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India Scraps Programme to Buy 13 BAE Mk-45 Naval Guns

Decisions aimed to boost Make in India agenda as part of approvals for acquisitions worth $1.1 billion

Issue: 5-2021 By Vishal ThaparPhoto(s): By BAE Systems, HAL
(Left) Foreclosure of the Mk-45 gun programme is, in part, reportedly due to concerns over high costs;
(Right) DAC’s Blessings for the LUH Opens Doors for HAL in the Light Helicopter Market

In two significant military procurement decisions which further boost the ‘Make in India’ agenda, the Defence Acquisition Council (DAC) on November 2 gave the go-ahead for the procurement of the first lot of 12 indigenously developed Light Utility Helicopters (LUH) and scrapped the global procurement of thirteen (13) 127mm naval gun systems.

The estimated $1 billion programme to acquire the US-made Mk-45 from BAE has been junked in favour of the Super Rapid Gun Mount (SRGM) being manufactured by Bharat Heavy Electricals Limited (BHEL).

These were the key decisions at a meeting of the DAC chaired by Defence Minister Rajnath Singh in New Delhi. This meeting accorded Acceptance of Necessity (AON) to capital acquisition proposals amounting to 7,965 crore ($1.1 billion). All the approvals are for Make in India programmes.

The other key AONs include those for the Lynx U2 Fire Control System from Bharat Electronics Limited (BEL) which will enhance the detection tracking and engagement capabilities of warships, and the Mid-Life Upgrade of the Navy’s Dornier aircraft fleet by Hindustan Aeronautics Limited (HAL) to increase maritime reconnaissance and coastal surveillance capacity.

The AON for the LUH commits the Indian armed forces to HAL’s attempt to provide an indigenously designed and developed option. Both the Army and the Navy have major ongoing programmes to replace the vintage Alouette (Chetak and Cheetah) light helicopters with contemporary foreign helicopters. The HAL is making a strong pitch to gate-crash the light helicopter procurement with its Made in India offering. The DAC’s blessings gives weight to HAL’s agenda.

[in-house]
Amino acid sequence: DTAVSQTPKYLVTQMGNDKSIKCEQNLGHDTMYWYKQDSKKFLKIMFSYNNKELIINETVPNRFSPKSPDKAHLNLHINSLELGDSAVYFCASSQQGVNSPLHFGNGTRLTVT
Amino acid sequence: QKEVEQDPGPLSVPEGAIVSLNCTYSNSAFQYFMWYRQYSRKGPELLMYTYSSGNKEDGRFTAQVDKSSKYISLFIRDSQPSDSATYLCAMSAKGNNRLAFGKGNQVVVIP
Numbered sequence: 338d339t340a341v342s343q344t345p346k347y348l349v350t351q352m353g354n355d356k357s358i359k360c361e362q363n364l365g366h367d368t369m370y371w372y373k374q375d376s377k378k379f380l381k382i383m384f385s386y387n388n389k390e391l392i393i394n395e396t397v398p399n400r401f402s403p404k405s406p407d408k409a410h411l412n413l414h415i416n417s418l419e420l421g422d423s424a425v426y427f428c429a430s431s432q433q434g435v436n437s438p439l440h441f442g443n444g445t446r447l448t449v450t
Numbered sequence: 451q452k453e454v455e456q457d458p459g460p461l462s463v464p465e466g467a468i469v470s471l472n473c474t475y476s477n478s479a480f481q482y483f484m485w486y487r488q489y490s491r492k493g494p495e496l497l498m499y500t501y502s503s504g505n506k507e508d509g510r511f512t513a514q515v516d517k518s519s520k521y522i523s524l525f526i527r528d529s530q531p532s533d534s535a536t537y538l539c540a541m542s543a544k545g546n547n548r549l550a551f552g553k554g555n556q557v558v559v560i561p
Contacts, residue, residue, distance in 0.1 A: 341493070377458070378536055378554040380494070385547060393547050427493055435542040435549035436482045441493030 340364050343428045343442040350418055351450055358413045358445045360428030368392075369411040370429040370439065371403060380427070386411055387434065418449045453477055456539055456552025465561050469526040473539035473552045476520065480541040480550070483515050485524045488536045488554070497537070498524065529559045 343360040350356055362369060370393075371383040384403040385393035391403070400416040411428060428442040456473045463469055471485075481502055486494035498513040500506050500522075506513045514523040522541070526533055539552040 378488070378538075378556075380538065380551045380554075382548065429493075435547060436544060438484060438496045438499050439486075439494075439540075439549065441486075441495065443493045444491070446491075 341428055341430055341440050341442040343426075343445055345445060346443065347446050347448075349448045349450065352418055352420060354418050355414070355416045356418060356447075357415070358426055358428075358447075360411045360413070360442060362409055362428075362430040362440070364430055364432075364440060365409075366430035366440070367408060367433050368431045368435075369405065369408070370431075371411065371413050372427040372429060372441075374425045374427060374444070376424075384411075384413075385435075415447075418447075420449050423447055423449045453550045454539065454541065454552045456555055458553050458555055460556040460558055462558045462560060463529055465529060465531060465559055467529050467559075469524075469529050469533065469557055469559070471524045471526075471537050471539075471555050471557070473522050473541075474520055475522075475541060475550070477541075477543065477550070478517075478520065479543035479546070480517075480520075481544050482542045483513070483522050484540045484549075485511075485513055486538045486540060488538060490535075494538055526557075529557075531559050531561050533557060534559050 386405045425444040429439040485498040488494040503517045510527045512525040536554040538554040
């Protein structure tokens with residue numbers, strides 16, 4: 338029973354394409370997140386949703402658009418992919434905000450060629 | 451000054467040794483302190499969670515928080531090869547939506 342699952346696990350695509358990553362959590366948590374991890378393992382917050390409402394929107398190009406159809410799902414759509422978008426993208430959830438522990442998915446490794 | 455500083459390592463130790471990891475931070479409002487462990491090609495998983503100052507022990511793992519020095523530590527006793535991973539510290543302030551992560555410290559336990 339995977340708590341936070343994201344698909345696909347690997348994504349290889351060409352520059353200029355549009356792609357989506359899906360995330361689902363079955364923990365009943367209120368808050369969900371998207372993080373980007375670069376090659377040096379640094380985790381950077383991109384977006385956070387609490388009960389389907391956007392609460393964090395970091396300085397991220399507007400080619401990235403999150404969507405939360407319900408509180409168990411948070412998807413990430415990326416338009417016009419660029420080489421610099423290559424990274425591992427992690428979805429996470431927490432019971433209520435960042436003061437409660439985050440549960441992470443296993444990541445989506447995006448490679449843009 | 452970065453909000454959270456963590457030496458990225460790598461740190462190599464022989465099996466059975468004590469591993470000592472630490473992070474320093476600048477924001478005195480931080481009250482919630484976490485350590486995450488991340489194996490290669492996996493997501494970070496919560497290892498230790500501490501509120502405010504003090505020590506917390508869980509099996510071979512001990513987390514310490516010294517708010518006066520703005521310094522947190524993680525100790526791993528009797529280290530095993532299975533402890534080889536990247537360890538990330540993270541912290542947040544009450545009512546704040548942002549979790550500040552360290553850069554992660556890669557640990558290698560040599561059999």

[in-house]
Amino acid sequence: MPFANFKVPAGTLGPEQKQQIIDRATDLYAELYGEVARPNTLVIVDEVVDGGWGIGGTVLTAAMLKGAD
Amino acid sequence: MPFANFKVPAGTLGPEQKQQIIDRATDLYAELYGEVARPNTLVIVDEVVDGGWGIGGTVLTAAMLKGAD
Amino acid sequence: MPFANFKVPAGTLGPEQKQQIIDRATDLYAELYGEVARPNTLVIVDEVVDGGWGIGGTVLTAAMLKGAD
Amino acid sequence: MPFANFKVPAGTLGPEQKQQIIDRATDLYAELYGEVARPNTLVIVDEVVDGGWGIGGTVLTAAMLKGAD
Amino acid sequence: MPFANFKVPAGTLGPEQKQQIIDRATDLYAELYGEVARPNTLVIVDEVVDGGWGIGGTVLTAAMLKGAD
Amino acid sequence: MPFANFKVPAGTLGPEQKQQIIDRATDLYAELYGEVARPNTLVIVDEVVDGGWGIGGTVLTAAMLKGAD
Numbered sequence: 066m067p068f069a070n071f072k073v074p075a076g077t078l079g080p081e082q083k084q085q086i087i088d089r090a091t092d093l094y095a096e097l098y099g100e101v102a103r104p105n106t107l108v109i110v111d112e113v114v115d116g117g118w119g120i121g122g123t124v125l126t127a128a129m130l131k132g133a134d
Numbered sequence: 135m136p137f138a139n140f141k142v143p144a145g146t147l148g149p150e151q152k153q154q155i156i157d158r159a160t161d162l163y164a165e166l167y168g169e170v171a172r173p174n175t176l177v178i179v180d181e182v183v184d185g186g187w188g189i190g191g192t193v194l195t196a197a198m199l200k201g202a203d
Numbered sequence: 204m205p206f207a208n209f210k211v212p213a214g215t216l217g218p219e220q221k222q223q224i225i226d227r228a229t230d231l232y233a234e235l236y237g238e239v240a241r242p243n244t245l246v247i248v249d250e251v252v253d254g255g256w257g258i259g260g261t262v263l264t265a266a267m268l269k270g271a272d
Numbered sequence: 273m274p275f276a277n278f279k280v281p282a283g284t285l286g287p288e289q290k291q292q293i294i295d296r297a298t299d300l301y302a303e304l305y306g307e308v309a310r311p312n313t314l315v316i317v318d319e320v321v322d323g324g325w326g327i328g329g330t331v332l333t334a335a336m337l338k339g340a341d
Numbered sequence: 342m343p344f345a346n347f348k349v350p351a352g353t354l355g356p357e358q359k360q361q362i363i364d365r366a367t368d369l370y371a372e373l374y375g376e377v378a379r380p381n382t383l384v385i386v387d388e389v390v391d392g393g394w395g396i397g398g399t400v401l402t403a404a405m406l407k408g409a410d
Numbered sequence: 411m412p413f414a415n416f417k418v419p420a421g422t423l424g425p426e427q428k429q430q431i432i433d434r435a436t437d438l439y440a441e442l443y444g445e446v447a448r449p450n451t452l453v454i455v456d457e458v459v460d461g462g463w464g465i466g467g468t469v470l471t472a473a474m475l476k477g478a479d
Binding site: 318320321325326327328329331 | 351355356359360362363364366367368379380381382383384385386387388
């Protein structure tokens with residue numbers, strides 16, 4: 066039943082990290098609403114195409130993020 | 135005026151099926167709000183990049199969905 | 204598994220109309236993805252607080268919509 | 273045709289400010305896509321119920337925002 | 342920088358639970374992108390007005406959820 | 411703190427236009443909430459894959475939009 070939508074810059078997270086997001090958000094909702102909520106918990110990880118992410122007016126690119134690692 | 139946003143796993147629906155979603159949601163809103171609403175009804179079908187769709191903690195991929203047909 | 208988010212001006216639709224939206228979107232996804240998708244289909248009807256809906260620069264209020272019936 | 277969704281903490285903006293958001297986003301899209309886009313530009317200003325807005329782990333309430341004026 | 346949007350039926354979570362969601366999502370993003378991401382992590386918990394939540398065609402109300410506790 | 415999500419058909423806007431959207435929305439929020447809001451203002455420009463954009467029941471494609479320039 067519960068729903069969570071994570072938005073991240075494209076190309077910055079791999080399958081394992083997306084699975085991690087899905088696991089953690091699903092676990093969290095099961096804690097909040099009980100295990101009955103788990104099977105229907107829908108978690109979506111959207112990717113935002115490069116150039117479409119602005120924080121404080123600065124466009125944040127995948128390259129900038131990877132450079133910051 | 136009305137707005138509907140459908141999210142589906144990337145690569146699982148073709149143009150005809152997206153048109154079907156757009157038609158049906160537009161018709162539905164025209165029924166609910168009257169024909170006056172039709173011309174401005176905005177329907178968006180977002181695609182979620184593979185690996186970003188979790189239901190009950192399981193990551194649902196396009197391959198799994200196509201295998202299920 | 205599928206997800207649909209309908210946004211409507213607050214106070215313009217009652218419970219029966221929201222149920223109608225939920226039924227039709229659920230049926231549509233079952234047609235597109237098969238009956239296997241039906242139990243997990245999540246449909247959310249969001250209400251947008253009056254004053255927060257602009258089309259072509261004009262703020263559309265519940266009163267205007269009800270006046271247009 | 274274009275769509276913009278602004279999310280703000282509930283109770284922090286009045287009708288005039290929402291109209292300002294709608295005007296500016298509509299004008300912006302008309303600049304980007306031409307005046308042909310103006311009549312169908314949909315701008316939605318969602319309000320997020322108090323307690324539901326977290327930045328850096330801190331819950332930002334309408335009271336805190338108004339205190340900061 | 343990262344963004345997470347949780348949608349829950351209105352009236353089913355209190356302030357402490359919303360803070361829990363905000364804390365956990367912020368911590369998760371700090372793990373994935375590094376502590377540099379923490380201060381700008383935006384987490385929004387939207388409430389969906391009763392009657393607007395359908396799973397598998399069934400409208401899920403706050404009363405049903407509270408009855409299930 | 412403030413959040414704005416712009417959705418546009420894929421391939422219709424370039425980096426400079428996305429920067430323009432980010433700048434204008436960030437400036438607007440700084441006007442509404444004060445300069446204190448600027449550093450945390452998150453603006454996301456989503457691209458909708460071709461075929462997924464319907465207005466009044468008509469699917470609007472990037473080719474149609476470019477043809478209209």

The commitment to the LUH is poised to reduce the multi-billion dollar market for imported and license-produced military helicopters in India. While the Russian Kamov-226 has been shortlisted for the Indian Army requirement for 200 LUH, global majors Airbus and Lockheed Martin-Sikorsky are competing alongside the Russian Kamov to provide 111 Naval Utility Helicopters (NUH) under the Strategic Partnership programme.

The NUH programme was intended to throw up an Indian private sector helicopter manufacturer with the assistance of a foreign OEM. But the AON for the LUH is a door opener for India’s public sector behemoth in the programme.

The decision to scrap the programme to acquire 13 Mk-45 naval gun systems is the latest turn in its chequered history. The anti-surface and anti-aircraft naval guns were intended to equip the four Project 15B destroyers and the seven Project 17 frigates. The two remaining guns were meant for the Indian Navy training establishments, the INS Dronacharya Missile and Gunnery School and the INS Valusra Electrical and Weapons Engineering School.

The initial decision to acquire the Italian Oto Melara guns after a global competition was scrapped following the Agusta Westland VVIP helicopter scam. The BAE gun was subsequently considered for a long time, and the US Administration in 2019 approved the sale of Mk-45 to the Indian Navy. This decision to “foreclose” this Buy Global programme is a setback to BAE.

“As a further impetus to ‘Atmanirbhar Bharat’, a global procurement case of Naval guns has been foreclosed with these guns’ quantity added to the upgraded Super Rapid Gun Mount (SRGM) being manufactured by Bharat Heavy Electricals Limited (BHEL). These SRGMs provide niche capabilities of engaging fast manoeuvring targets using guided munitions & range extensions and are to be fitted on the warships of the Indian Navy,” the Ministry of Defence declared in a statement.

The decisions at the November 2 DAC meeting further align India’s defence procurements to the ‘Make in India’ agenda.